You can stay in Brazil for up to six months if you report to the federal police before your 90 days is up.

  3. Wade K.

    After reading your description of India in “A Better Life…” I’m wondering if it’s possible to enjoy living there? Are there certain areas where life is good, assuming you can afford them?

    • Tim Leffel

      Yes, but avoid the big polluted cities if you have no reason to be there for work purposes.

      • Wade K.

        My wife nixed that idea. We’re heading to the Balkans.

  4. Wade K.

    I think I’ve found one city in India that seems to top a lot of lists for quality of life: Chandigarh. Very affordable too. Hmmm……

    • Eric Oudin

      Chandigarh is interesting as an architectural experiment but I wouldn’t say it has a high quality of life. Perhaps compared to other Indian cities but that doesn’t say much.
      I would however consider any village on the coast in Goa, especially in the South. There you would get slightly higher prices, but also you get the beach, a greater variety of restaurants and activities that would appeal to an expat. And fantastic sunsets.

  5. gunung prau

    thanks for very comprehensive recomendations. its so different with most article we read about india which to much ” cautions”

  6. isan

    I think you can stay in Cuba like forever, but you need to find a place like a casa particular

    You need a visa but staying its not a big deal….

  7. Sanjeet Veen

    Very Good information, thanks for posting.

  8. Meg

    I just found your website today and am loving all the helpful info!! I am wondering if you or anyone has advise for the best place for an American/Israeli couple. I am American, but my fiancé is Israeli, and we are trying to find the best place where both of us can stay for at least 6 months easily. We have an online business so that should be helpful as far as proving appropriate income. Thank again for amazing articles and advice!!!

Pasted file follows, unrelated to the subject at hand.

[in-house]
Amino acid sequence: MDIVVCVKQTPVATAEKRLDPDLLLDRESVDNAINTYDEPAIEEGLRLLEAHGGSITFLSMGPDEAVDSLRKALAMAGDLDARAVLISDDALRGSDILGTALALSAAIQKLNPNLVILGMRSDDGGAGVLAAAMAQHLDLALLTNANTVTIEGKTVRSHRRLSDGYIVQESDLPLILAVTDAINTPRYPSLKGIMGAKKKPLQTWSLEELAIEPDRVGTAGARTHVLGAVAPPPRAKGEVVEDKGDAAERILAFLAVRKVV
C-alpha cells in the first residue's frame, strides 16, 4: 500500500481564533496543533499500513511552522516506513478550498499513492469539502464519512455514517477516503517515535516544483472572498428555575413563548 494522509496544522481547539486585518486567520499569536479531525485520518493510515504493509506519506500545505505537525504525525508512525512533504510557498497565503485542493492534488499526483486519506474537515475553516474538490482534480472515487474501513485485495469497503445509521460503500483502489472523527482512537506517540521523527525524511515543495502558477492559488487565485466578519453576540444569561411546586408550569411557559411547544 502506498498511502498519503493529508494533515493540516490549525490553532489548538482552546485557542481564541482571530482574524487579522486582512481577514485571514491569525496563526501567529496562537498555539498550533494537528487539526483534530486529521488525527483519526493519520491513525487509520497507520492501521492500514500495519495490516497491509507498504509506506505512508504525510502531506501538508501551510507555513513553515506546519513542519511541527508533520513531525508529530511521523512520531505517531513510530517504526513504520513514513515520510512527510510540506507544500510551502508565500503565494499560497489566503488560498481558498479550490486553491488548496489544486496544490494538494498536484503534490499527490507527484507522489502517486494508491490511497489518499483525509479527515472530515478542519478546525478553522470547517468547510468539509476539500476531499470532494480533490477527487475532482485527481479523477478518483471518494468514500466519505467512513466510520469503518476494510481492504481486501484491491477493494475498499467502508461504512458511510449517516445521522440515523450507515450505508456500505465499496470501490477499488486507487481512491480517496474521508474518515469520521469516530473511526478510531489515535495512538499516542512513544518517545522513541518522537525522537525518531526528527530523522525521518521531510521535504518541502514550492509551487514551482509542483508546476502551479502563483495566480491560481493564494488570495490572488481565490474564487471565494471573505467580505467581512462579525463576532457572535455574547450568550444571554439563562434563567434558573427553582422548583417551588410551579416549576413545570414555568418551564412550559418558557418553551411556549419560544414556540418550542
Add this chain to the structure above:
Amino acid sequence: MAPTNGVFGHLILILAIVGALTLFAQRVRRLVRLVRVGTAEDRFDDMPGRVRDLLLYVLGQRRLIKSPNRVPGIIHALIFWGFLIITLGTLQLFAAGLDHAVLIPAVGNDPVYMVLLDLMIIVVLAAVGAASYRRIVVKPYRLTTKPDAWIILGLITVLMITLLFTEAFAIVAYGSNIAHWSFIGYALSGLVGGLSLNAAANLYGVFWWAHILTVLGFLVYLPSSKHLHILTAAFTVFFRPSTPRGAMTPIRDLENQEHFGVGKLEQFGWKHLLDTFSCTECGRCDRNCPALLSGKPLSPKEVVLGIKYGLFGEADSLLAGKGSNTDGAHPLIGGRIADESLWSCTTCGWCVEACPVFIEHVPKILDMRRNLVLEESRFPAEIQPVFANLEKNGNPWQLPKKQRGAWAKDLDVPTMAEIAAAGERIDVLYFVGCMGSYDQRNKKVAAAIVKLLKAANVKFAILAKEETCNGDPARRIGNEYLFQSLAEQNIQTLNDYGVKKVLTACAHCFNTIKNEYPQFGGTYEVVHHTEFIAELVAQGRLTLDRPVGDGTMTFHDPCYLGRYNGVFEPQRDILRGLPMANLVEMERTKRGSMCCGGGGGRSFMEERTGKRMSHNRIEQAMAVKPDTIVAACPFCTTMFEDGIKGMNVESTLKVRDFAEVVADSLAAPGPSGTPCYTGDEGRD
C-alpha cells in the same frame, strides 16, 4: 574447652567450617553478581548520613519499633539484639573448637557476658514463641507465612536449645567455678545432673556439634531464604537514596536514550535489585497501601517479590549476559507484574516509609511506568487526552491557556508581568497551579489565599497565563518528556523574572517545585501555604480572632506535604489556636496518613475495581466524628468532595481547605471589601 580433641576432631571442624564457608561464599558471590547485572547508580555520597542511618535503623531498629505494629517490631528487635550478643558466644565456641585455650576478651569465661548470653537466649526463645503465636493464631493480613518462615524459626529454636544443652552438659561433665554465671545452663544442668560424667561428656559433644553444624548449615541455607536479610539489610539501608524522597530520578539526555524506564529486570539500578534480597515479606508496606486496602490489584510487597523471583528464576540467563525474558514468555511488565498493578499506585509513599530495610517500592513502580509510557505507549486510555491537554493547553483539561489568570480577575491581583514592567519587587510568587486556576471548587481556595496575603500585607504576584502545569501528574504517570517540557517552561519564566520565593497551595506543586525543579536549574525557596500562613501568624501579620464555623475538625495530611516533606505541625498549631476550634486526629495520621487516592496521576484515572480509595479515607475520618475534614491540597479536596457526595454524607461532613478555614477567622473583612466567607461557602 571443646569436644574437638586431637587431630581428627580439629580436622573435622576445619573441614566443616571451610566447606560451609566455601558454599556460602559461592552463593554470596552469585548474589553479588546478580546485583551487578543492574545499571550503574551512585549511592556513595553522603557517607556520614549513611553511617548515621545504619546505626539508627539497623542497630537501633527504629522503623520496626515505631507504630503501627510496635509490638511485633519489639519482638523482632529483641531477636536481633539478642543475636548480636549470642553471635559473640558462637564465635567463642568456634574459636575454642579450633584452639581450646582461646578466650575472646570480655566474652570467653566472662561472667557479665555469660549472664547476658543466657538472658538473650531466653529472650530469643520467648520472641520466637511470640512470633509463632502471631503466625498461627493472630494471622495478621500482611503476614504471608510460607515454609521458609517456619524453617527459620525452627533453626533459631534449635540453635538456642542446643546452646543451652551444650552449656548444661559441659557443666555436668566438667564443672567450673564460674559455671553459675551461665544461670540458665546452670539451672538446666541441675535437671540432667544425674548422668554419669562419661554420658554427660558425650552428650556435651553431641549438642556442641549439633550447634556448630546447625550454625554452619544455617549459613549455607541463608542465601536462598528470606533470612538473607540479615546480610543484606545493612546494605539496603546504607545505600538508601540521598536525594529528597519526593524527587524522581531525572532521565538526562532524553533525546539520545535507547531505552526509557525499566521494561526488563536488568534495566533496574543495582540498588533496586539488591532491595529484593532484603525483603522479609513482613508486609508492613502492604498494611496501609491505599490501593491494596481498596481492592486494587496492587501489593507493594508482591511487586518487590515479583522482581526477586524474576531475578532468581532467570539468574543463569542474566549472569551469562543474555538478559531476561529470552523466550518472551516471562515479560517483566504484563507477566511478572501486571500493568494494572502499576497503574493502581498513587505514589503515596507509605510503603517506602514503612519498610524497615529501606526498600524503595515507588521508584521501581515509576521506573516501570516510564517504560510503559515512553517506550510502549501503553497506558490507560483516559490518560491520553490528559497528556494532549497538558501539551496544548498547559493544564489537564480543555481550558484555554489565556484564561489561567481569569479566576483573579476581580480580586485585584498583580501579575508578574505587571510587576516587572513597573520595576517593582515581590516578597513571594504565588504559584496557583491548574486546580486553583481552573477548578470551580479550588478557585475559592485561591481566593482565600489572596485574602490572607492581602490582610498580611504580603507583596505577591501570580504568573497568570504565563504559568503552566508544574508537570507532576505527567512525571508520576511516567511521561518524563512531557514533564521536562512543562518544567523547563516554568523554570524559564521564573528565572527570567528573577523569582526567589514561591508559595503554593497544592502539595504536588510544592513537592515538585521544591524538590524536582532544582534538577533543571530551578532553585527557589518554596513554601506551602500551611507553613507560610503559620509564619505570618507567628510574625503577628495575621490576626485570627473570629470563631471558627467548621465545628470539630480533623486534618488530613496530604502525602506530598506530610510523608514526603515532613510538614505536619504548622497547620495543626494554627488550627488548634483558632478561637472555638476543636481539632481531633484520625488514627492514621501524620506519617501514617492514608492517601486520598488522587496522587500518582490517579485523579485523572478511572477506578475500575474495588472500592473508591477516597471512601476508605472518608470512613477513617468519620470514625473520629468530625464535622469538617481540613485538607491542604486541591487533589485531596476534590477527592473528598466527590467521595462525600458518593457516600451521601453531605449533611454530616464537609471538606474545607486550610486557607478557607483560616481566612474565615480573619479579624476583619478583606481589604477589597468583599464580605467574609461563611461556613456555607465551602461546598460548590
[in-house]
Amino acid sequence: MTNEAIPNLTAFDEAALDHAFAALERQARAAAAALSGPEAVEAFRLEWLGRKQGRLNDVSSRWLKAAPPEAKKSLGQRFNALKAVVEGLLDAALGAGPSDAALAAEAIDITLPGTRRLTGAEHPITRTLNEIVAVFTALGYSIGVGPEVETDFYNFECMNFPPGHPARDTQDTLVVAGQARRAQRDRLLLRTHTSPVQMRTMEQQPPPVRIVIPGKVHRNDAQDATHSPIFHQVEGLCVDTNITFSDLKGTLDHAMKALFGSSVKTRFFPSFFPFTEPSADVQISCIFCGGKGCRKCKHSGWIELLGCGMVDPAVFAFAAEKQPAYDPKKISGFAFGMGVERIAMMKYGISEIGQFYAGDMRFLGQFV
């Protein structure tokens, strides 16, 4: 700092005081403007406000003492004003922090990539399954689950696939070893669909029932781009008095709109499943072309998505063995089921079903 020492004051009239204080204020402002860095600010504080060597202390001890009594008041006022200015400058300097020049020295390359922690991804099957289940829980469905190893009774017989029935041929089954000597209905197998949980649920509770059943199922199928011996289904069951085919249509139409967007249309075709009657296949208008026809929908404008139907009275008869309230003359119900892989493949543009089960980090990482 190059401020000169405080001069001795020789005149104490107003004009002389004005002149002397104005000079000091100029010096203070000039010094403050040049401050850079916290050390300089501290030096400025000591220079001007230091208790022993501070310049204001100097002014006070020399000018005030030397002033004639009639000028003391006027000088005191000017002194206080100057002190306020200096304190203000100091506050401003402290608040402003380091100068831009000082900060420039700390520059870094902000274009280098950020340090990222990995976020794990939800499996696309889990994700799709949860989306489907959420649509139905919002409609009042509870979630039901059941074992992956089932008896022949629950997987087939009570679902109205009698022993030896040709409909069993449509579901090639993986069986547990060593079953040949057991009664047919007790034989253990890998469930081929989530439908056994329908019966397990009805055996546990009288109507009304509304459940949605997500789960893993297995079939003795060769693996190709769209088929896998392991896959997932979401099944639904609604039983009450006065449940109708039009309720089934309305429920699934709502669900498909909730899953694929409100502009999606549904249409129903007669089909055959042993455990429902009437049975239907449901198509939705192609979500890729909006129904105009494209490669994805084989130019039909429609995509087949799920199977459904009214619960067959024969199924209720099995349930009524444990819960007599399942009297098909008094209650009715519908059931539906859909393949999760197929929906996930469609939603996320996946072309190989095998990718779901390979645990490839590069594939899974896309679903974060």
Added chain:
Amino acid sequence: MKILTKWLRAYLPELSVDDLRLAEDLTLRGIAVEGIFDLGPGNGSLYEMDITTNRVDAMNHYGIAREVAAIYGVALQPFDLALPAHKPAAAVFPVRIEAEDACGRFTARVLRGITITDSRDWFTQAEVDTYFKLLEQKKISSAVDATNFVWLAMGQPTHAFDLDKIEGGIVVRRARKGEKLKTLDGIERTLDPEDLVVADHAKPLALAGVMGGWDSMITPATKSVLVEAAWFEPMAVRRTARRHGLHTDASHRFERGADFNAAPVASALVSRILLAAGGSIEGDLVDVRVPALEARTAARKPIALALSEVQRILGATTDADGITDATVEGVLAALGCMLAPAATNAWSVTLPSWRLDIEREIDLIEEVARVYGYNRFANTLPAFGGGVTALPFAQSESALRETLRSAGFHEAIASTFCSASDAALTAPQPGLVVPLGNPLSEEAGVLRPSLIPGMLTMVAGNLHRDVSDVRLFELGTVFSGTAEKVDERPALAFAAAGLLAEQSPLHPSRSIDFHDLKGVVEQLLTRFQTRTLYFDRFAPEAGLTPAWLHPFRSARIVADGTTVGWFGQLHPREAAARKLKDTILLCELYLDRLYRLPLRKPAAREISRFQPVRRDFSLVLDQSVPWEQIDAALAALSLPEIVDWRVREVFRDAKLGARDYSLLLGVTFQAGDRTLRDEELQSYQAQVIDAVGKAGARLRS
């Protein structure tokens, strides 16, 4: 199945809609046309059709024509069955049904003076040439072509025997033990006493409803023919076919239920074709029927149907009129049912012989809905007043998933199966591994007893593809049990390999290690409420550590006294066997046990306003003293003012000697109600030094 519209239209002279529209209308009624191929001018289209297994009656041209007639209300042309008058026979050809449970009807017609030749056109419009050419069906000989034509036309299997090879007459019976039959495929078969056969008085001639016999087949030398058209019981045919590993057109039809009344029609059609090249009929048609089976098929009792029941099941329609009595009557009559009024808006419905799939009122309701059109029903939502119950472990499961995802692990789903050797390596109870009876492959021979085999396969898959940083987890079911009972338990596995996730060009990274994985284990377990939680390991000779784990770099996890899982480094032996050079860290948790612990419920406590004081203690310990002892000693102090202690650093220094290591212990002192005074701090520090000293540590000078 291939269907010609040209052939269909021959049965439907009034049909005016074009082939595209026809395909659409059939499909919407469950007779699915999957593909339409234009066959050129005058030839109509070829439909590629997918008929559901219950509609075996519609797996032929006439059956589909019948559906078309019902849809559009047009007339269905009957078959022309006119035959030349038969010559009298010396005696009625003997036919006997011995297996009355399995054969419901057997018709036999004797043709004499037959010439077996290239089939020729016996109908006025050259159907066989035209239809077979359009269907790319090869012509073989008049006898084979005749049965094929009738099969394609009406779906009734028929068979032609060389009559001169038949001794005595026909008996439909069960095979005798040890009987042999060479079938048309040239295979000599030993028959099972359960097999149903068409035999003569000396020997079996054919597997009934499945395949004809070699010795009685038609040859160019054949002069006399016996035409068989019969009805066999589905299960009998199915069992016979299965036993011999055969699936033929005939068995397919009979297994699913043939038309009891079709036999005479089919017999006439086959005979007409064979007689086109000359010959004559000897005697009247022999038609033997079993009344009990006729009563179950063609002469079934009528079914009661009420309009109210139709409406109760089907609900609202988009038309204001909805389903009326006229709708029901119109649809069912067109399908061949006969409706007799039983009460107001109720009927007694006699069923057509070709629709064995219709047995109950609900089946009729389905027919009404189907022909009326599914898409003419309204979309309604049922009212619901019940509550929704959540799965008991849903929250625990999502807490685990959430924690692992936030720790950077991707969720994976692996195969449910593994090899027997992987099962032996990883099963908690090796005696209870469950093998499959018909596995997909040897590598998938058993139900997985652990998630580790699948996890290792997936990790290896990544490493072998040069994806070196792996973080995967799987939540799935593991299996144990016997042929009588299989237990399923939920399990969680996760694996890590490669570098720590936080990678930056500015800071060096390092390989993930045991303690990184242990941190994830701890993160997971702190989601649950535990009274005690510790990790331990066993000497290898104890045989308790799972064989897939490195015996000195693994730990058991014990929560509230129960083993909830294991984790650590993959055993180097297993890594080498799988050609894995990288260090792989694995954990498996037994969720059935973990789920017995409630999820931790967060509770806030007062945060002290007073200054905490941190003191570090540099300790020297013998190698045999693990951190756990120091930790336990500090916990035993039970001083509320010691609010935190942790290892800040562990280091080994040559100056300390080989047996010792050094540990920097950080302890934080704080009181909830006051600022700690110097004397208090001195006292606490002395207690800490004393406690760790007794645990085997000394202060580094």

• Tim Leffel

      I know there are some countries Israelis aren’t allowed to visit, much less live in, so it’s really going to depend on where that’s not the case. That country’s embassy will probably be the best place to start.

  9. Isiah

    What about Albania?? I hear Americans can stay in Albania for one year

    • Tim Leffel

      Everything I’ve read says tourist visas are good for a max of 90 days, much like the rest of Europe.

  10. Jefe

    Not True about Panama for Americans.

    It’s 180 days. I live here and have been coming/going since being stationed here from 87-91 in the US Army. Check the Panamanian website:

    https://travel.state.gov/content/passports/en/country/panama.html

    • Tim Leffel

      Jefe – I do have Panama on the document, but the 180 days upon arrival doesn’t seem to be automatic. The last two times I entered I got 30 days once and 90 days once. In theory if I had asked for more I would have gotten it, as that IS what it says in writing on the State Dept. site you posted. But some sources in Panama still say “If you only get 90 days approved upon arrival, you must renew in Panama City for another 90 days.” This is true for Mexico too in all fairness—if you don’t press it upon arrival, you won’t get the 180 days.

      I’m amending the post though to say you should get 180.